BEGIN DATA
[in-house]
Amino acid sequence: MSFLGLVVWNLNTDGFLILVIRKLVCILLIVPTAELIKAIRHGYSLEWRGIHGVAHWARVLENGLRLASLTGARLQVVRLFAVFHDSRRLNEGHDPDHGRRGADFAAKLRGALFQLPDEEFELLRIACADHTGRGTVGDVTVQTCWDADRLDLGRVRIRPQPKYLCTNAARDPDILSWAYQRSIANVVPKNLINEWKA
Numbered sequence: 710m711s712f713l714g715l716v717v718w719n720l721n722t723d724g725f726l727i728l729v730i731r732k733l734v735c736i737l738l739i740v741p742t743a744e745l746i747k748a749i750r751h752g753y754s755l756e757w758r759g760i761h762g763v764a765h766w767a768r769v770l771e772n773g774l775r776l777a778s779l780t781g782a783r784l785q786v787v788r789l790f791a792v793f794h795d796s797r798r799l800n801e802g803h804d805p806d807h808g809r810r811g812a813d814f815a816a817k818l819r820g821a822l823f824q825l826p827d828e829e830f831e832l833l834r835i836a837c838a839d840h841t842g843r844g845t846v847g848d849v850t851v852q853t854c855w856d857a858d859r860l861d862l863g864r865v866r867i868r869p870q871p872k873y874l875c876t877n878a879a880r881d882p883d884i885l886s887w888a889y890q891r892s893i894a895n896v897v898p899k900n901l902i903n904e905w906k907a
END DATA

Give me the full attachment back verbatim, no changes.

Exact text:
[in-house]
Amino acid sequence: MSFLGLVVWNLNTDGFLILVIRKLVCILLIVPTAELIKAIRHGYSLEWRGIHGVAHWARVLENGLRLASLTGARLQVVRLFAVFHDSRRLNEGHDPDHGRRGADFAAKLRGALFQLPDEEFELLRIACADHTGRGTVGDVTVQTCWDADRLDLGRVRIRPQPKYLCTNAARDPDILSWAYQRSIANVVPKNLINEWKA
Numbered sequence: 710m711s712f713l714g715l716v717v718w719n720l721n722t723d724g725f726l727i728l729v730i731r732k733l734v735c736i737l738l739i740v741p742t743a744e745l746i747k748a749i750r751h752g753y754s755l756e757w758r759g760i761h762g763v764a765h766w767a768r769v770l771e772n773g774l775r776l777a778s779l780t781g782a783r784l785q786v787v788r789l790f791a792v793f794h795d796s797r798r799l800n801e802g803h804d805p806d807h808g809r810r811g812a813d814f815a816a817k818l819r820g821a822l823f824q825l826p827d828e829e830f831e832l833l834r835i836a837c838a839d840h841t842g843r844g845t846v847g848d849v850t851v852q853t854c855w856d857a858d859r860l861d862l863g864r865v866r867i868r869p870q871p872k873y874l875c876t877n878a879a880r881d882p883d884i885l886s887w888a889y890q891r892s893i894a895n896v897v898p899k900n901l902i903n904e905w906k907a